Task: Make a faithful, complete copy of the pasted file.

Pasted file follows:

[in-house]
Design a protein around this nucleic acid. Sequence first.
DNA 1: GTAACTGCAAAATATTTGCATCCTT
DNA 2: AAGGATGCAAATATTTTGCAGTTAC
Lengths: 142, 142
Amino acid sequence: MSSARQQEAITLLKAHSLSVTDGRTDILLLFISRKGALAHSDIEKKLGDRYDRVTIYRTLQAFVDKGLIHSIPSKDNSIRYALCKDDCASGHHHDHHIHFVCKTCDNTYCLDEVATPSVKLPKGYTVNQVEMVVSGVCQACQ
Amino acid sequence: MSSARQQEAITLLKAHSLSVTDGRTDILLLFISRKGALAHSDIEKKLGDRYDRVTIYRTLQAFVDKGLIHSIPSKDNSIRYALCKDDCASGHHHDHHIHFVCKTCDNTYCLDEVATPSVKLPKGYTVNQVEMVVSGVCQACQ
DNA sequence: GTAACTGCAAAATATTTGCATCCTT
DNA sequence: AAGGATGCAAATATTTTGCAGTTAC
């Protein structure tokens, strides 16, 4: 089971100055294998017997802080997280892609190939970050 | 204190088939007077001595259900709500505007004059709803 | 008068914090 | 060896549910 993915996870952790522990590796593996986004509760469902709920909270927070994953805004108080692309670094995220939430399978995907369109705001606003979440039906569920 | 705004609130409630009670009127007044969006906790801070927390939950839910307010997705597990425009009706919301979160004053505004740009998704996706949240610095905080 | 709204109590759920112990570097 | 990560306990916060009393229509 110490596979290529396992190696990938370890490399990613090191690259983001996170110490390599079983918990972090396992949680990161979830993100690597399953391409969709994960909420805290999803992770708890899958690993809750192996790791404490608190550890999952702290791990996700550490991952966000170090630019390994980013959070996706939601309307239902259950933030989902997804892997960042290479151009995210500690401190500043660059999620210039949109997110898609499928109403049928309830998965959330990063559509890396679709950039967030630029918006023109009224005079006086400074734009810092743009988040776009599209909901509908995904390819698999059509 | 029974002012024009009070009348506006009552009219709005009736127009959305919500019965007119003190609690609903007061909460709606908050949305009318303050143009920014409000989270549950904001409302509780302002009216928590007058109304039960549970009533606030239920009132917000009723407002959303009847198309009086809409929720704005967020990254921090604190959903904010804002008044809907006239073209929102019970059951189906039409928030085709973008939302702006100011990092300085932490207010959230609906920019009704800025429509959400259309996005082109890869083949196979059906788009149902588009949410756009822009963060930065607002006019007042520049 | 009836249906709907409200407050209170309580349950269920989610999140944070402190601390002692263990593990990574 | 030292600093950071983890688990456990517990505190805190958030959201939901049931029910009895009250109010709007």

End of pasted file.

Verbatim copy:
[in-house]
Design a protein around this nucleic acid. Sequence first.
DNA 1: GTAACTGCAAAATATTTGCATCCTT
DNA 2: AAGGATGCAAATATTTTGCAGTTAC
Lengths: 142, 142
Amino acid sequence: MSSARQQEAITLLKAHSLSVTDGRTDILLLFISRKGALAHSDIEKKLGDRYDRVTIYRTLQAFVDKGLIHSIPSKDNSIRYALCKDDCASGHHHDHHIHFVCKTCDNTYCLDEVATPSVKLPKGYTVNQVEMVVSGVCQACQ
Amino acid sequence: MSSARQQEAITLLKAHSLSVTDGRTDILLLFISRKGALAHSDIEKKLGDRYDRVTIYRTLQAFVDKGLIHSIPSKDNSIRYALCKDDCASGHHHDHHIHFVCKTCDNTYCLDEVATPSVKLPKGYTVNQVEMVVSGVCQACQ
DNA sequence: GTAACTGCAAAATATTTGCATCCTT
DNA sequence: AAGGATGCAAATATTTTGCAGTTAC
């Protein structure tokens, strides 16, 4: 089971100055294998017997802080997280892609190939970050 | 204190088939007077001595259900709500505007004059709803 | 008068914090 | 060896549910 993915996870952790522990590796593996986004509760469902709920909270927070994953805004108080692309670094995220939430399978995907369109705001606003979440039906569920 | 705004609130409630009670009127007044969006906790801070927390939950839910307010997705597990425009009706919301979160004053505004740009998704996706949240610095905080 | 709204109590759920112990570097 | 990560306990916060009393229509 110490596979290529396992190696990938370890490399990613090191690259983001996170110490390599079983918990972090396992949680990161979830993100690597399953391409969709994960909420805290999803992770708890899958690993809750192996790791404490608190550890999952702290791990996700550490991952966000170090630019390994980013959070996706939601309307239902259950933030989902997804892997960042290479151009995210500690401190500043660059999620210039949109997110898609499928109403049928309830998965959330990063559509890396679709950039967030630029918006023109009224005079006086400074734009810092743009988040776009599209909901509908995904390819698999059509 | 029974002012024009009070009348506006009552009219709005009736127009959305919500019965007119003190609690609903007061909460709606908050949305009318303050143009920014409000989270549950904001409302509780302002009216928590007058109304039960549970009533606030239920009132917000009723407002959303009847198309009086809409929720704005967020990254921090604190959903904010804002008044809907006239073209929102019970059951189906039409928030085709973008939302702006100011990092300085932490207010959230609906920019009704800025429509959400259309996005082109890869083949196979059906788009149902588009949410756009822009963060930065607002006019007042520049 | 009836249906709907409200407050209170309580349950269920989610999140944070402190601390002692263990593990990574 | 030292600093950071983890688990456990517990505190805190958030959201939901049931029910009895009250109010709007």